Dance Your Diss, Doodle Your Thesis

This post from BoingBoing about scientists dancing their dissertations reminded me that I really need to doodle my dissertation.

When I doodled my MA thesis in 2006 (see below), kind of as a joke, the doodle actually helped me develop the elevator-pitch version of my thesis (and then ultimately to write it). So, I plan to doodle my dissertation before I start working on it in earnest.

But for now, I challenge my current thesis- and diss-writing friends to doodle their work. Not illustrate, but doodle it. And then post it on your respective blogs/Facebook pages.

my MA thesis, doodle version
[click to embiggen]

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On Staying Politically Neutral in the Classroom

When I started teaching college students, nigh on two and a half years ago, I didn’t really know what I was doing (not that I especially know now). I wasn’t a particularly great college student as an undergrad, and that was 1989-1992 anyway (meaning: little recollection of specifics), so pedagogical examples to draw upon were limited to those profs in my MA program. Luckily, I had quickly learned just who I wanted to emulate and who I very specifically did not. Those in the “do not emulate” list were those who were hell-bent on pushing their own scholarly agenda to the detriment of our own scholarly development, or who wanted to lead us toward “the right answer” with little regard for students gaining or practicing the skills to determine “the right answer” or to realize that there isn’t really a “right answer” anyway. Not a big fan of that.

Although at SJSU I was only teaching the first semester of a two-semester Freshman composition sequence, in which students wrote eight essays in various rhetorical modes (narrative, descriptive, compare-and-contrast, etc.), I still didn’t want to be That Instructor—the one who “made” students write on certain topics or in a certain style or with a certain point of view (unless that was the assignment, like “argue the side of X, then argue the side of Y”). For each essay, students had two or three prompts to choose from and could argue for one of their own if they so chose. I didn’t feel the need to bring hot-button issues into the classroom just for the sake of doing so. What would have been the point of discussing, say, gay marriage during the unit on description? This is not to say that if conversation strayed toward controversial issues I stopped it—I didn’t—but we didn’t really stray into that territory. Everyone was focused on mastering pesky things like thesis statements and commas.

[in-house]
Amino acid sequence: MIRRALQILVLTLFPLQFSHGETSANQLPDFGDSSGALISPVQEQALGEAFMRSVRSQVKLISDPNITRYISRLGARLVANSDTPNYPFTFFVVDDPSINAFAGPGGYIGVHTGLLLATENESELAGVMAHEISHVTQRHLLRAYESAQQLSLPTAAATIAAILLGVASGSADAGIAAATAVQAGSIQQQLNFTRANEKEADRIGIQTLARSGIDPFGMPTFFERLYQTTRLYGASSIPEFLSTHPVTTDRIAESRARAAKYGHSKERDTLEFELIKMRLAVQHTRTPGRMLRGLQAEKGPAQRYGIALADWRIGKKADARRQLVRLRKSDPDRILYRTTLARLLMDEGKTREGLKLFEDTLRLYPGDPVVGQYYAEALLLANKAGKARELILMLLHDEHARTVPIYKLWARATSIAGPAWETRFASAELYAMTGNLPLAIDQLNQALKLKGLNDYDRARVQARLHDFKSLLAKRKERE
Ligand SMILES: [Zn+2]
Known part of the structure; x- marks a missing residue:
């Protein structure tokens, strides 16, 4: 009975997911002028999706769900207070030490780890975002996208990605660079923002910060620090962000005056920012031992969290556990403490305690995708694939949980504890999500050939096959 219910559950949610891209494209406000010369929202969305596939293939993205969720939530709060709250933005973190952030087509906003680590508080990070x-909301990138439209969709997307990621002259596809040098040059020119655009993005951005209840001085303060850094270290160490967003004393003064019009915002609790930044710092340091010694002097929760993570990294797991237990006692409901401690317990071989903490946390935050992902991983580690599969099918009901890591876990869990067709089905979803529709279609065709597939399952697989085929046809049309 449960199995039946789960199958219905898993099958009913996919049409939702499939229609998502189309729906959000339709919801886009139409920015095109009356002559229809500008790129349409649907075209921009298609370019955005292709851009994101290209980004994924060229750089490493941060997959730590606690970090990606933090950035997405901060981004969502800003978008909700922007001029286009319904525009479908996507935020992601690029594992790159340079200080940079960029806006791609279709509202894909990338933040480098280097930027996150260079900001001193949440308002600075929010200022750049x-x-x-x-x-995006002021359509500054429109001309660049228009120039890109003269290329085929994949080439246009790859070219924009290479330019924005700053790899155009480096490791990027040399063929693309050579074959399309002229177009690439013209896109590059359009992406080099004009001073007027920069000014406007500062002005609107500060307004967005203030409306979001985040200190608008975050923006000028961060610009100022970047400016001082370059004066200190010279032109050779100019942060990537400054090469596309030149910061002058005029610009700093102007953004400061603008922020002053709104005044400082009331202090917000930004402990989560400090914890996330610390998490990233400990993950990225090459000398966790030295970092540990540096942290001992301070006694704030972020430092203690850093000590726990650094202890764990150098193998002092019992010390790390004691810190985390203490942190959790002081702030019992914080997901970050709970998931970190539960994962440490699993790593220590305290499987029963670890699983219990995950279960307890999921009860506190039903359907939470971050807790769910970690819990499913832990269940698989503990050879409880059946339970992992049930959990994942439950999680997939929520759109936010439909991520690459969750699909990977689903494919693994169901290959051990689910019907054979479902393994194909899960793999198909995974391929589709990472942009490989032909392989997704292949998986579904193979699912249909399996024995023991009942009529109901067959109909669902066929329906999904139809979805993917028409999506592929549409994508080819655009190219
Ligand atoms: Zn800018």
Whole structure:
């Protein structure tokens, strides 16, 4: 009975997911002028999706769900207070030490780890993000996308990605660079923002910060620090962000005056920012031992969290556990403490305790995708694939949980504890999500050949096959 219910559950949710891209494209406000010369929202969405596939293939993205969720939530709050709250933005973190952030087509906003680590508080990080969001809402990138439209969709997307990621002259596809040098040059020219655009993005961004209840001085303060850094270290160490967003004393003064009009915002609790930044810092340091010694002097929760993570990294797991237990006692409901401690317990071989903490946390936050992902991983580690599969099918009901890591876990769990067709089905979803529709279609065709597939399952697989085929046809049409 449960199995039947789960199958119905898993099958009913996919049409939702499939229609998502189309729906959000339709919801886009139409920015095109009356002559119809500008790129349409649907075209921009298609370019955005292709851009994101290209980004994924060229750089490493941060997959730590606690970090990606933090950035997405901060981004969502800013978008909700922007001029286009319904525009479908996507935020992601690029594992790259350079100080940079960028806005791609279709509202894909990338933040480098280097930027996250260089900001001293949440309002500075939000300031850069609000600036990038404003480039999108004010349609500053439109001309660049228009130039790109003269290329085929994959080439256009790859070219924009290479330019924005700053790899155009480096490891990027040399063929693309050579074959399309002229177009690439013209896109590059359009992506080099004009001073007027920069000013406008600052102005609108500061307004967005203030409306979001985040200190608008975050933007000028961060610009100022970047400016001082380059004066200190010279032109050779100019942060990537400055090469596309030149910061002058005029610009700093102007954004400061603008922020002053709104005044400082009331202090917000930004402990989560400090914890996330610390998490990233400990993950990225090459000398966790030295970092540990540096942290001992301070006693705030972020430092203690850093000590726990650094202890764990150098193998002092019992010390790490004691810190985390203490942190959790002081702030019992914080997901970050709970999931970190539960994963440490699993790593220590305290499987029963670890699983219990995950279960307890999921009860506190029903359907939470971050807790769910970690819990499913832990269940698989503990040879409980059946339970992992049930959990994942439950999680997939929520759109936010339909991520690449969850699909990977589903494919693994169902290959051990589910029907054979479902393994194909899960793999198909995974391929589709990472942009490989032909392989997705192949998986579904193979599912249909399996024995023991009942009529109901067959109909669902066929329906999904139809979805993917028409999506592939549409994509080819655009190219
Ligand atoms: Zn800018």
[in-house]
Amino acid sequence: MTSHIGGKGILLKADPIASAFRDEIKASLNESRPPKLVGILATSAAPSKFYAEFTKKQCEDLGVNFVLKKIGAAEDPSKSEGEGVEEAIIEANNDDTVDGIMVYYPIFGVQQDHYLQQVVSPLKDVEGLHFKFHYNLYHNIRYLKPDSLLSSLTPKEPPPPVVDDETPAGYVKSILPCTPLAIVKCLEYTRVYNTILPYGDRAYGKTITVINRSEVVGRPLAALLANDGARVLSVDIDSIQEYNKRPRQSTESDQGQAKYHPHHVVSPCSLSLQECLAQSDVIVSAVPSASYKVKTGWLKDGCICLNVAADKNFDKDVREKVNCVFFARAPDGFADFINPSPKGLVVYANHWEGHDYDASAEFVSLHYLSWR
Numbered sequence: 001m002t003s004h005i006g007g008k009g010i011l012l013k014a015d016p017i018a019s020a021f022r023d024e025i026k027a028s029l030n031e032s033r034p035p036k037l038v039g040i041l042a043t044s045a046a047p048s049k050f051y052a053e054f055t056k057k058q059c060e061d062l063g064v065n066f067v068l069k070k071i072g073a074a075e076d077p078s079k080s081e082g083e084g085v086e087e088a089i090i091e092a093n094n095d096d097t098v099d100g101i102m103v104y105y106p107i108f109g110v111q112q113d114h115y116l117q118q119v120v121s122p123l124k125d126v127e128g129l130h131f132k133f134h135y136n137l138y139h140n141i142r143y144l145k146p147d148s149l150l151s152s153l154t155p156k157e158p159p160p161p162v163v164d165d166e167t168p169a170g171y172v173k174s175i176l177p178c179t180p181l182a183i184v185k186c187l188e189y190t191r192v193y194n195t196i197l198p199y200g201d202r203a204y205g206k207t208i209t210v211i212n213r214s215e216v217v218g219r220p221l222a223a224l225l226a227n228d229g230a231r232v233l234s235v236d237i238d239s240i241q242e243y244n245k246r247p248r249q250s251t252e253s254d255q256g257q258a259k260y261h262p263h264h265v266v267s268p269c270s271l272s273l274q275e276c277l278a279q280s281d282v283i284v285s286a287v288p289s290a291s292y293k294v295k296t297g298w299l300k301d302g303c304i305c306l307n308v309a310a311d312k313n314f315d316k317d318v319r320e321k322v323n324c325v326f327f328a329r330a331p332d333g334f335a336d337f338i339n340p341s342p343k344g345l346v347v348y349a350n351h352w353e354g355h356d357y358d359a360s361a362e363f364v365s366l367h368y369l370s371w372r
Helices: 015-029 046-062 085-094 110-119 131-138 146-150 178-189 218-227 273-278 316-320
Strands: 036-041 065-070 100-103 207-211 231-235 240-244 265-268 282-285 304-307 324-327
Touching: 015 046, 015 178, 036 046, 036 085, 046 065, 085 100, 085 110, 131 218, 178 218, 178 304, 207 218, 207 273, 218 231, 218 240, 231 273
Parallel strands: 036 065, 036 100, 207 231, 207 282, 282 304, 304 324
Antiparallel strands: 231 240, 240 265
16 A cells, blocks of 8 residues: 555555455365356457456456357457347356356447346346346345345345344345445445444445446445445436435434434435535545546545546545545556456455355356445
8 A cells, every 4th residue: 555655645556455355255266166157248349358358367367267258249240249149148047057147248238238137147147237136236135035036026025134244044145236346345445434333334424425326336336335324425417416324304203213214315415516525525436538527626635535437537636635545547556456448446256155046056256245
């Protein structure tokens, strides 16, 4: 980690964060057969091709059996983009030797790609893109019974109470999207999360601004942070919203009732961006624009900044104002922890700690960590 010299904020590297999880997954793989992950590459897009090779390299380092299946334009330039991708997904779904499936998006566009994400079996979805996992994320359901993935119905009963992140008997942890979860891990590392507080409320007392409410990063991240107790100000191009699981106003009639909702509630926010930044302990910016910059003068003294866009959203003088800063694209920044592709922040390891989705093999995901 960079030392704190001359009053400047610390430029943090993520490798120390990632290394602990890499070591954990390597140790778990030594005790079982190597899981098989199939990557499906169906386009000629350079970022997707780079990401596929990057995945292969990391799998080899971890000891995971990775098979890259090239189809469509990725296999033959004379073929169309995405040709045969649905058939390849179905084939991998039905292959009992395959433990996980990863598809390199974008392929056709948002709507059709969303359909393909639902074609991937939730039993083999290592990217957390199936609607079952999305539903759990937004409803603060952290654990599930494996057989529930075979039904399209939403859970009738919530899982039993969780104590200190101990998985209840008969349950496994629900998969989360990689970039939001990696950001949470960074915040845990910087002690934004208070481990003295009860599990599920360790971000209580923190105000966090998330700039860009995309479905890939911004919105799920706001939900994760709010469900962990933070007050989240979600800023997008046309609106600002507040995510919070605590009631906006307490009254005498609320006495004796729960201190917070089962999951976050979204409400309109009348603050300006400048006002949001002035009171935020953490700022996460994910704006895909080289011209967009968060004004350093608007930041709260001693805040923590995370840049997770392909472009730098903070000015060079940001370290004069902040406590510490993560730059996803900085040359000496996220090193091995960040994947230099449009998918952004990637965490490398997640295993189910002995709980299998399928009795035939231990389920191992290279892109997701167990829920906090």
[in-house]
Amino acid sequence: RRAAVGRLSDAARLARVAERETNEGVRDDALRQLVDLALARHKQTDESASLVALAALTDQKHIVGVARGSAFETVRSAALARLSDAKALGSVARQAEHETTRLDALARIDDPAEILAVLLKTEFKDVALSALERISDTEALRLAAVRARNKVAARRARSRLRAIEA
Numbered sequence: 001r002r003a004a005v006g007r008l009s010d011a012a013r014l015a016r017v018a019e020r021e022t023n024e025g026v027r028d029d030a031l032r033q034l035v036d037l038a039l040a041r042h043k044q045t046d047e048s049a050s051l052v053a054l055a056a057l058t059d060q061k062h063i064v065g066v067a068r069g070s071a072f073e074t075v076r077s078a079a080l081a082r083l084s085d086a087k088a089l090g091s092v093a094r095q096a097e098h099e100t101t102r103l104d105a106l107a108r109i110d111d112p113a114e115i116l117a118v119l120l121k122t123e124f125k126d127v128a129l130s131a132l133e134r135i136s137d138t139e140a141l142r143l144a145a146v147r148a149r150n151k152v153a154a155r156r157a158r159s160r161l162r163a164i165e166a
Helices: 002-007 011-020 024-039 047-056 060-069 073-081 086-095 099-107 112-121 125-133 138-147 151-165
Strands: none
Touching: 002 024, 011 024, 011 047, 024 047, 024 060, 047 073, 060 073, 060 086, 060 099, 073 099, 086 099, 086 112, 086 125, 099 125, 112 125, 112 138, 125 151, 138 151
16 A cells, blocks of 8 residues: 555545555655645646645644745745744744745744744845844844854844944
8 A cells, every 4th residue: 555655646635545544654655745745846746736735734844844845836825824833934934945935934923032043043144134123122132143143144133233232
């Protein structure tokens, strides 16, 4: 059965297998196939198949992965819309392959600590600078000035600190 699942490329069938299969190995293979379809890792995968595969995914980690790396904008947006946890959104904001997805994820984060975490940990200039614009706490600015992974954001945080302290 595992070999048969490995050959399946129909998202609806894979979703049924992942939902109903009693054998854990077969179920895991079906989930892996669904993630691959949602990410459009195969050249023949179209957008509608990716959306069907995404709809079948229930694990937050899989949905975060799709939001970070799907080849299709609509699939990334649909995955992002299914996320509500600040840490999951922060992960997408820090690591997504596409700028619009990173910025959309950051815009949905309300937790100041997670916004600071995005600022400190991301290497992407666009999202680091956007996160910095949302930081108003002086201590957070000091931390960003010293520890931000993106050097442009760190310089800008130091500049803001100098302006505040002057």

I started teaching around the same time that Michael Bérubé’s What’s Liberal About the Liberal Arts?: Classroom Politics and “Bias” in Higher Education was published, and I snapped that up immediately because a) it sounded good and useful, b) I’ve always liked Bérubé’s blog and c) he’s Michael Bérubé. I mean, come on. We should all know a little bit about “Dangeral Studies,” shouldn’t we? Anyway, between the profs I trusted, and examples of classroom interaction seen throughout Bérubé’s book, I felt confident that my gut instinct wasn’t a wrong one—if I was to be a decent teacher, I had to be as politically noncommittal in the classroom as possible, and it would be possible because what exactly do my personal politics have to do with thesis statements and essay organization? Nothing.

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Why Comment on Blogs?

Let me be the first to note that in the last year or so I’ve been a lousy commenter on blogs. I read many, and I bookmark a bunch of stuff to write about later (which I never do), but taking a moment to write a thoughtful comment? Or even a not-so-thoughtful one? Yeah, not so much. This is a sad state of affairs for me (which I aim to remedy), because I firmly believe in the blog comment as an integral part of creating a community, expanding that community, and furthering discussion on topics of interest to said community.

This topic is especially important for me now, as I am co-teaching a course with Dr. Kristin Arola called Electronic Research and the Rhetoric of Information. While instructing students in the ways in which the self and society shape and are shaped by the information networks we use, obviously we have to teach them how to use those networks. As you might expect, our students are blogging, and are supposed to be commenting on classmates’ blog posts. This is all well and good. But what I see in their work—and the other blogging work I’ve seen students (here) do, is a disjointed and disconnected sort of blogging. I’m putting that on the list of things to write about next—ways in which I see blogging used and misused in the classroom—but in this post I’m going to address the feature (for I do see it as a feature) of commenting on blogs.

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